Living in the Holy Baptist Empire of East Texas, where the First Baptist Church is just a stone's throw from the local beer joint and the First National Bank is housed in a double-wide, at least provides plenty of interesting stories. When you plunk elements of feminism and liberalism slap-dab down in the middle of Klan Kountry as well, the possibilities are endless.

I hail from tiny Tool, Texas, whose claim to fame is that Anne Rice's husband's cousin's neighbor's kinfolk (or somesuch) once lived there. And our mayor, Red Phillips, was one of the original "Our Gang" kids, playing the chubby little kid who wore the knit hat with the ball on top and tormented Spanky. That's our mayor. Tool is so small that we have no grocery store, no post office, no school. We do, however, have legions of churches, mostly Baptist, mostly housed in corrugated metal buildings or double-wide trailers. And lots of auto body shops.

Tool is a suburb of Greater Gun Barrel City, a favorite touristy spot for Dallas' nouveau riche and assorted paramilitary organizations. It's a haven of white trashedness, replete with grand and gaudy yard art, the requisite pink flamingos, porcelain toilet/flower pots and the like. The late baseball great, Mickey Mantle, was a founding father and developer of Gun Barrel City. Rumor holds that what attracted Mantle to the area was its seemingly never-ending supply of moonshine stills.

One thing is for certain: both Tool and Gun Barrel City are held firmly in check by the Christian Right of Henderson County. While not a bastion of liberalism, Henderson County has given us such great populists as former U.S. Senator Ralph Yarborough and Federal Judge William Wayne Justice. Among other things the Christian Right is trying to clean up those blots on the county's legacy.

Yarborough sponsored more bills promoting libraries than anyone else, ever. He expanded the G.I. Bill of Rights and battled big real estate interests to create the Big Thicket National Park and to preserve Padre Island. While working for the Texas attorney general's office, he secured the ruling that made the Permanent University Fund (the state oil revenue earmarked for higher education) immune from the bone-picking jaws of predators, and he continued to support educational opportunity as a senator. Books. Education. Yarborough.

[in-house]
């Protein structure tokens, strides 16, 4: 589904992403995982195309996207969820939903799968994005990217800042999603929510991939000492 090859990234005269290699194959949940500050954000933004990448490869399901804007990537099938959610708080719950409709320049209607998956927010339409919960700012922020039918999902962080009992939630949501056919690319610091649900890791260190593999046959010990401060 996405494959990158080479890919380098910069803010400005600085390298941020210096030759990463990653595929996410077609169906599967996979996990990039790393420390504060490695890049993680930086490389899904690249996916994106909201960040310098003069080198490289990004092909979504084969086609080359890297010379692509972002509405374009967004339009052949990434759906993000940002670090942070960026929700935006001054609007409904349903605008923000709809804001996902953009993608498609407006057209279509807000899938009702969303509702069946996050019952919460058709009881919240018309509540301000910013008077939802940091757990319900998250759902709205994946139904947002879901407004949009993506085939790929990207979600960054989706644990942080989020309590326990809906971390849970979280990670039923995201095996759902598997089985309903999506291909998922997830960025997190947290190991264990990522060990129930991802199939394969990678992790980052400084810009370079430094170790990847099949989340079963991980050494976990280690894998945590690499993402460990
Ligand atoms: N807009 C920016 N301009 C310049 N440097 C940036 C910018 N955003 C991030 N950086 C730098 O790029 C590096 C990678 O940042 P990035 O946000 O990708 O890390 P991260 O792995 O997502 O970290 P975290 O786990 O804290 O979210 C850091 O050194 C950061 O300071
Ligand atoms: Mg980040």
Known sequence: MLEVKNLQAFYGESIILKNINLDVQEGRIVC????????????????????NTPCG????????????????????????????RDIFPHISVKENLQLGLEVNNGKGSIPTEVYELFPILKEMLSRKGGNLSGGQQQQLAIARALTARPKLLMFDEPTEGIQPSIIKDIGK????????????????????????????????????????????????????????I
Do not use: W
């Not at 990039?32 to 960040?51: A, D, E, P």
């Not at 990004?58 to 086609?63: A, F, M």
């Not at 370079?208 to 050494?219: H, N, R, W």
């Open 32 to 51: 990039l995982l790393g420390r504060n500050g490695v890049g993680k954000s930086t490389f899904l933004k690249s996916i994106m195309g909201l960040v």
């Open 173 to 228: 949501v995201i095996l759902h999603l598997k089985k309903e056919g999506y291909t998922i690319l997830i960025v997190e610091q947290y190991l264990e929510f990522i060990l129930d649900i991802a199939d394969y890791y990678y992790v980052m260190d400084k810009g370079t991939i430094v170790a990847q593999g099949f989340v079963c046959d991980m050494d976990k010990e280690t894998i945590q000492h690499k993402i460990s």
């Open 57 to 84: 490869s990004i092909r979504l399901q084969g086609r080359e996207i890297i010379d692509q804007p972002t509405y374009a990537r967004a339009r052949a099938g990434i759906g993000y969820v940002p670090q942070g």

Justice, who was appointed to the federal bench by Lyndon Johnson at Yarborough's behest, once was considered the most hated man in Texas. Justice presided over the desegregation of public schools in Texas, secured the right to education for the children of undocumented workers, and forced the Texas Department of Corrections to adhere to simple codes of human decency.

Neither Yarborough nor Justice currently reside in Henderson County, but their influence cannot be denied. A couple of years ago, all that liberal influence came back to haunt the good citizenry of Gun Barrel City. It was time to replace the city signs. In the past, the signs had a picture of a long-barreled shotgun, with the caption, "Welcome to Gun Barrel City, We Shoot Straight With You." But all this talk about gang violence and arms-for-hostages and crazed postal workers caused one ol' liberal codger to go plum loony and suggest to the city council that perhaps a picture of a shotgun would send a bad message to the youth of the city. (Gun Barrel is a retirement community, so the "youth" were probably somewhere in their early 60s.) A ruckus ensued, with several folks chasing the liberal into the parking lot and threatening to "git a rope." The last anyone saw of the liberal in Gun Barrel City was his tail lights headed west. We did get a decidedly more friendly sign, though: a shotgun pointed at a heart.